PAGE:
Salted Eggs: Is it worth its salt?

03 April 2016

From traditional dim sum restaurants to trendy cafes, the salted egg is suddenly everywhere, with queues forming right behind it. We get behind this food trend.

In recent years we have seen a rise in the use of salted egg, from the relatively new use in molten salted egg croissants to the common use in salted egg squid. This ingredient of humble origin has exploded all over the scene from the use in traditional Chinese recipes to bakeries all over Kuala Lumpur. What is so special about these eggs and how is it affecting the salted egg industry?

Salted Egg Yolk Burger from myBurgerLab

Salted egg has been used in many traditional Asian dishes, as a filling in salted egg custard buns in dim sum and mooncakes in Chinese cuisine, to served as is as a side dish in many Malay dishes. This simple savoury ingredient packs a nice flavourful punch and is found to be extremely tantalising on the tastebuds. Lau Yee Hang, Marketing Manager of Lai Hin Trading, a company specialising in the supplying of salted eggs, has definitely noted a change in the industry.

“There has been an increase in demand of salted eggs, but we have been able to accommodate the increase in demand. An increase is seen in the use by bakeries in pastries.”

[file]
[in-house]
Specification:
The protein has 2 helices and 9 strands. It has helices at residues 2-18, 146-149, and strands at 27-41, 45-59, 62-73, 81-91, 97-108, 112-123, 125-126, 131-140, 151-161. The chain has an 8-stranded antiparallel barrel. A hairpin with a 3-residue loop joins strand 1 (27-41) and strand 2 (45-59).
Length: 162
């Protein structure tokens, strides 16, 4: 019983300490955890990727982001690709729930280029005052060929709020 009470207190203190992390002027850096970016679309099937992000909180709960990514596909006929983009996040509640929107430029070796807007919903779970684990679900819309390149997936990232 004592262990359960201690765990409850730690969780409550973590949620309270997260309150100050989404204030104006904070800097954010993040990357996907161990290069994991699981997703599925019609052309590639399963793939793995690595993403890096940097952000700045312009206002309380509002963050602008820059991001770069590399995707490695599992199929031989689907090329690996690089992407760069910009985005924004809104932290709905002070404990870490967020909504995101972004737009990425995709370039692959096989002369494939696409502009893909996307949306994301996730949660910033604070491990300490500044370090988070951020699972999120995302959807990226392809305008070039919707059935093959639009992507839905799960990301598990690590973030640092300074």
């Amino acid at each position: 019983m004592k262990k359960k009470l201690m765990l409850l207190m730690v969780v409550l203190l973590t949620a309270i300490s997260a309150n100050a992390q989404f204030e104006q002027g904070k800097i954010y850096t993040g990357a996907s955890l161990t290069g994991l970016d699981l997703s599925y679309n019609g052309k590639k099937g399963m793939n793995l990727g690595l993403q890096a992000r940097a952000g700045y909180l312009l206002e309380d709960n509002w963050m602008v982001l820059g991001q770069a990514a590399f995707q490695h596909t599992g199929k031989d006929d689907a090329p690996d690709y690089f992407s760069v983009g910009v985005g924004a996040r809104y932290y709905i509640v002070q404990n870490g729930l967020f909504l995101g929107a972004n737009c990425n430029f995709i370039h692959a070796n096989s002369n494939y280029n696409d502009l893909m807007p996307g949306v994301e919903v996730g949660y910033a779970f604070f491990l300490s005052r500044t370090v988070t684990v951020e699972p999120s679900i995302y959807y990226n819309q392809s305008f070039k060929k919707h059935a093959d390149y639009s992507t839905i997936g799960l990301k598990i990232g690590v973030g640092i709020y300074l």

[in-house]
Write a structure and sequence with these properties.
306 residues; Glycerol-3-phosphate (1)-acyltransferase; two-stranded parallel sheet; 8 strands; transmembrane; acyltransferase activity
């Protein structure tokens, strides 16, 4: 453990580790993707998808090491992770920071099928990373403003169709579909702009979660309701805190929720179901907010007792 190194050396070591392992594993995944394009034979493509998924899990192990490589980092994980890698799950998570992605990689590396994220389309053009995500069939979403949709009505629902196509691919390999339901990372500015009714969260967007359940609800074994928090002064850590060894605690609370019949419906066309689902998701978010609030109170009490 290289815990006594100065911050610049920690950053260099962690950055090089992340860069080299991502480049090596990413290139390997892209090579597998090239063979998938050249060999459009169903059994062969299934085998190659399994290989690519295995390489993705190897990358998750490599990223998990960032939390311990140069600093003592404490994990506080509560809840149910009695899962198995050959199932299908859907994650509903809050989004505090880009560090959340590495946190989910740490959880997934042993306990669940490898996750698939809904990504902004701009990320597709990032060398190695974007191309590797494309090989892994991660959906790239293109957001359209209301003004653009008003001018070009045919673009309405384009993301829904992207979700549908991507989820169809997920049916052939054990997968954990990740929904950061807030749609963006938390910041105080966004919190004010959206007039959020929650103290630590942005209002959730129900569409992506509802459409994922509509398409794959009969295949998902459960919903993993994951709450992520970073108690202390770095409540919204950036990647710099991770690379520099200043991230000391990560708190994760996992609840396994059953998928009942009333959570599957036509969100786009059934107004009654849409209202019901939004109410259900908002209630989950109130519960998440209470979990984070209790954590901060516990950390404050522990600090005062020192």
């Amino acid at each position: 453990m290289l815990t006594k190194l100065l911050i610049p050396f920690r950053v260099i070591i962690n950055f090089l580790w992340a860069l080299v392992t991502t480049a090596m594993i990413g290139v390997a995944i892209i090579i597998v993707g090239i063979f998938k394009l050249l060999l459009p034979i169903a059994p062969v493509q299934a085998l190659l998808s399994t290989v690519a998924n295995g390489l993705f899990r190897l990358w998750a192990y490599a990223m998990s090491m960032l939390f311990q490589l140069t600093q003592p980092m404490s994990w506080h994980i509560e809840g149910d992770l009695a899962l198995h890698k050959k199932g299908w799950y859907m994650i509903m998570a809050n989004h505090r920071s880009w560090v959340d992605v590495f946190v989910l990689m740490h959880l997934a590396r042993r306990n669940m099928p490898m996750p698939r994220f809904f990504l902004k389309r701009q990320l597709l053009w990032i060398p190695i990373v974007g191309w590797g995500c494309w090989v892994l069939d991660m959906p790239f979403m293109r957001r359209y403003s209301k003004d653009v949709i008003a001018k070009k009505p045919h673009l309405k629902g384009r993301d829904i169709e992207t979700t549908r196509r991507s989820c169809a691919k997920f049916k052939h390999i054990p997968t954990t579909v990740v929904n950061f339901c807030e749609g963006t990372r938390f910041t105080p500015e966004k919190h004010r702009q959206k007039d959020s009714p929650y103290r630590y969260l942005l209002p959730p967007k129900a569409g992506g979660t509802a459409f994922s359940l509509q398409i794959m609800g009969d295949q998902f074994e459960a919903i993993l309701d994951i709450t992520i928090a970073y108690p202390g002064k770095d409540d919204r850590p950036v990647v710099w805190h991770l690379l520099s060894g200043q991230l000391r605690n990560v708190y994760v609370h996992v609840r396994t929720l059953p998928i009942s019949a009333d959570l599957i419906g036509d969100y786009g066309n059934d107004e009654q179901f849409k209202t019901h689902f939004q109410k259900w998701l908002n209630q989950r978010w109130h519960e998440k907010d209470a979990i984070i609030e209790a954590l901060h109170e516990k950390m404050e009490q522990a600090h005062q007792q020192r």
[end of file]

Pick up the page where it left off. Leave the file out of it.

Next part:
These eggs are traditionally prepared in a mixture of brine and salted charcoal. The eggs are first submerged in a brine, then coated in salted charcoal. Some recipes suggest that the eggs are boiled as well, but this is a preference. This is believed to extend its shelf life which can last over a month to retain its “freshness”.

Salted eggs generally are made from chicken or duck eggs. Duck eggs were traditionally used because they used to be cheaper than chicken eggs, and is also believed to have a more pronounced flavour as well as a bigger yolk.  

There are two main flavour components to salted eggs, where the egg white is predominantly saltier and lighter, while the yolk carries a more pungent umami flavour. Salted egg yolk is the main ingredient in many dishes that give that molten grainy salted egg custard filling.

Salted Egg Yolk Cronut from Dotty's

Salted Egg Yolk Croissant from Le Bread Days

“We have generally seen an increase in a demand for chicken eggs over these few years since it has become trendy, but not the same for duck eggs. Duck eggs are mainly used for mooncake production because of the bigger yolk but not in general use.”

A reason that this ingredient has become widespread is because it is extremely cost effective and readily available. There doesn’t to seem to be a slowing down in the consumption and demand of salted eggs, and if anything, we are finding new ways to interpret this ingredient. As the salted egg trend does not seem to be subsiding, we can only expect to see more variations of this dish, and hopefully, we do not run out soon.

By Nicholas Ng


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